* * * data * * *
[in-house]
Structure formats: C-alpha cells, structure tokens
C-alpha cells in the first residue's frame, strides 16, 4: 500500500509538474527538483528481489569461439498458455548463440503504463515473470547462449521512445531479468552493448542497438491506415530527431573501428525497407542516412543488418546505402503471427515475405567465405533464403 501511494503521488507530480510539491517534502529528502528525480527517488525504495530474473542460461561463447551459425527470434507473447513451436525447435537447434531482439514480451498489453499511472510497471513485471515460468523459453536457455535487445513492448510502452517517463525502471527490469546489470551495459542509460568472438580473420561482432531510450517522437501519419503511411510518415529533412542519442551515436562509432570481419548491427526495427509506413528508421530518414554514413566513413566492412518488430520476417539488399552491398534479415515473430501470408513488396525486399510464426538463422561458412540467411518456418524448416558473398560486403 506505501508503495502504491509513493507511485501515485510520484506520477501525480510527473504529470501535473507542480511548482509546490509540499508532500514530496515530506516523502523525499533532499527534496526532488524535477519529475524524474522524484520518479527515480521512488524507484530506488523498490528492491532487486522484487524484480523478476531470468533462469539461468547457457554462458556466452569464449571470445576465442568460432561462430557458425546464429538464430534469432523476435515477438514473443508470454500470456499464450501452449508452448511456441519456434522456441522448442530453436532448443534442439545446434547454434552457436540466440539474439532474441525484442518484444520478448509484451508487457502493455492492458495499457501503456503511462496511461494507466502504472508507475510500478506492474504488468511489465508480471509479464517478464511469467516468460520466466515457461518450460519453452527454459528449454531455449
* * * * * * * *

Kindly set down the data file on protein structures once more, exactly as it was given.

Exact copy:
[in-house]
Structure formats: C-alpha cells, structure tokens
C-alpha cells in the first residue's frame, strides 16, 4: 500500500509538474527538483528481489569461439498458455548463440503504463515473470547462449521512445531479468552493448542497438491506415530527431573501428525497407542516412543488418546505402503471427515475405567465405533464403 501511494503521488507530480510539491517534502529528502528525480527517488525504495530474473542460461561463447551459425527470434507473447513451436525447435537447434531482439514480451498489453499511472510497471513485471515460468523459453536457455535487445513492448510502452517517463525502471527490469546489470551495459542509460568472438580473420561482432531510450517522437501519419503511411510518415529533412542519442551515436562509432570481419548491427526495427509506413528508421530518414554514413566513413566492412518488430520476417539488399552491398534479415515473430501470408513488396525486399510464426538463422561458412540467411518456418524448416558473398560486403 506505501508503495502504491509513493507511485501515485510520484506520477501525480510527473504529470501535473507542480511548482509546490509540499508532500514530496515530506516523502523525499533532499527534496526532488524535477519529475524524474522524484520518479527515480521512488524507484530506488523498490528492491532487486522484487524484480523478476531470468533462469539461468547457457554462458556466452569464449571470445576465442568460432561462430557458425546464429538464430534469432523476435515477438514473443508470454500470456499464450501452449508452448511456441519456434522456441522448442530453436532448443534442439545446434547454434552457436540466440539474439532474441525484442518484444520478448509484451508487457502493455492492458495499457501503456503511462496511461494507466502504472508507475510500478506492474504488468511489465508480471509479464517478464511469467516468460520466466515457461518450460519453452527454459528449454531455449